Finally, although there seems to be an almost unanimous agreement across most researchers that cinnamon does improve insulin sensitivity we must remember that most studies were carried out over a short period of time and on small numbers of human participants at any one time whose history of medications and lifestyle habits aren’t always described and taken into account. Even by “combining” the results as part of the meta study the sample is still minute and it’s therefore hard to know whether the same findings could really be applied to the World population at large.
Other interesting findings about the effects of cinnamon are that it appears to be beneficial in the treatment of Alzheimer’s disease and also in cases of ischemic stroke by blocking cell swelling(5). Again, despite the lack of clarity in the materials available, it appears that nevertheless cinnamon is also useful in bringing about small improvements in body composition, with tackling metabolic syndrome and cardiovascular disease.
Should you have a go at using cinnamon or not?
In my opinion, if you suspect you may have insulin sensitivity issues you should consult a doctor to have blood tests done and not rely on a blog post to solve your doubts. Depending on the results, if they are normal and you suspect a bit of foul insulin play in your efforts to lose fat then it might be worth seeing if, over a period of time and with everything else remaining the same, cinnamon is the key to your fat loss success. The doses in the studies were between 1 and 6g of cinnamon/cinnamon extract. The best results were given by using 3g per day (which is a lot of cinnamon) taken with sugary foods. Higher doses haven’t shown a bigger effect so it’s best to stay on the safe side and not go over 3g. By the way, insulin resistance tends to show up as “love handles” so if you can’t bear the thought of taking regular measurements around key points on your body, pinch yourself around the hips from time to time to measure your progress. It’s not scientific nor accurate but it will give you a sense of whether anything is changing or not.
If, however your blood test results show that you are above the normal range and tending towards developing diabetes you must discuss your next step with your doctor. Bearing in mind that cinnamon has been proven to be as effective as metformin there is no harm in mentioning this to your GP or specialist. Chances are that if you are just borderline outside of normal he or she might agree to check your blood again in a couple of months time giving you the chance of adjusting your diet and lifestyle accordingly before prescribing you drugs. The time in between blood tests would be a good time to also experiment with cinnamon knowing that you will have tangible proof either way in a short period of time. Remember: the first study showed an improvement in fasting blood glucose levels and insulin sensitivity after only 40 days.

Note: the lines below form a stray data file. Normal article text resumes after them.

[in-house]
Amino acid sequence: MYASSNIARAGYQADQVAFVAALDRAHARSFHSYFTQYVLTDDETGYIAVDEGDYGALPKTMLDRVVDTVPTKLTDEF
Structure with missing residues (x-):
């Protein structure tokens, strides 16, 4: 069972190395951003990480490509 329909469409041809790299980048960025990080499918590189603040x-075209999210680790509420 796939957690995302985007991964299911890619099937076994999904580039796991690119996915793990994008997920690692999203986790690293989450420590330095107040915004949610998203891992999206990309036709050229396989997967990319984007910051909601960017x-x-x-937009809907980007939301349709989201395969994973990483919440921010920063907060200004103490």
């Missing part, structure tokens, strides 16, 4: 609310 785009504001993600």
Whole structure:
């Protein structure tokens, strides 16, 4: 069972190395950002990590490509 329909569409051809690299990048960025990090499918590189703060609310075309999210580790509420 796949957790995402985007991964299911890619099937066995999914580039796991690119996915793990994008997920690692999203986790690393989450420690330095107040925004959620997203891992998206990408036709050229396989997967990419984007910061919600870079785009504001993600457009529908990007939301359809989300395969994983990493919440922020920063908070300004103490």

Last, but certainly not least if you are also a bit vain, the same mechanisms that make cinnamon a valuable tool in maintaining our health also facilitate collagen biosynthesis(6) in our skin thus providing an important anti-aging service!
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- Hlebowicz J, et al. “Effects of 1 and 3 g cinnamon on gastric emptying, satiety, and postprandial blood glucose, insulin, glucose-dependent insulinotropic polypeptide, glucagon-like peptide 1, and ghrelin concentrations in healthy subjects.” Am J Clin Nutr. 2009;89(3):815–821
- Khan A, Safdar M, Ali Khan MM, Khattak KN, Anderson RA. “Cinnamon improves glucose and lipids of people with type 2 diabetes.” Diabetes Care 2003;26:3215–8
- Shen Y, Honma N, Kobayashi K, Jia LN, Hosono T, Shindo K, et al. (2014) “Cinnamon Extract Enhances Glucose Uptake in 3T3-L1 Adipocytes and C2C12 Myocytes by Inducing LKB1-AMP-Activated Protein Kinase Signaling.” PLoS ONE 9(2): e87894. doi:10.1371/journal.pone.0087894
- Paul A. Davis and Wallace Yokoyama. “Cinnamon Intake Lowers Fasting Blood Glucose: Meta-Analysis”, Journal of Medicinal Food. August 2011, 14(9): 884-889. doi:10.1089/jmf.2010.0180.
- Qin B, Panickar K and Anderson R.A. “Cinnamon: Potential Role in the Prevention of Insulin Resistance,
Metabolic Syndrome, and Type 2 Diabetes”. Journal of Diabetes Science and Technology, Volume 4, Issue 3, May 2010
- Takasao N, et al., “Cinnamon Extract Promotes Type I Collagen Biosynthesis via Activation of IGF-I Signaling in Human Dermal Fibroblasts” – Journal of Agricultural and Food Chemistry 2012, DOI: 10.1021/jf2043357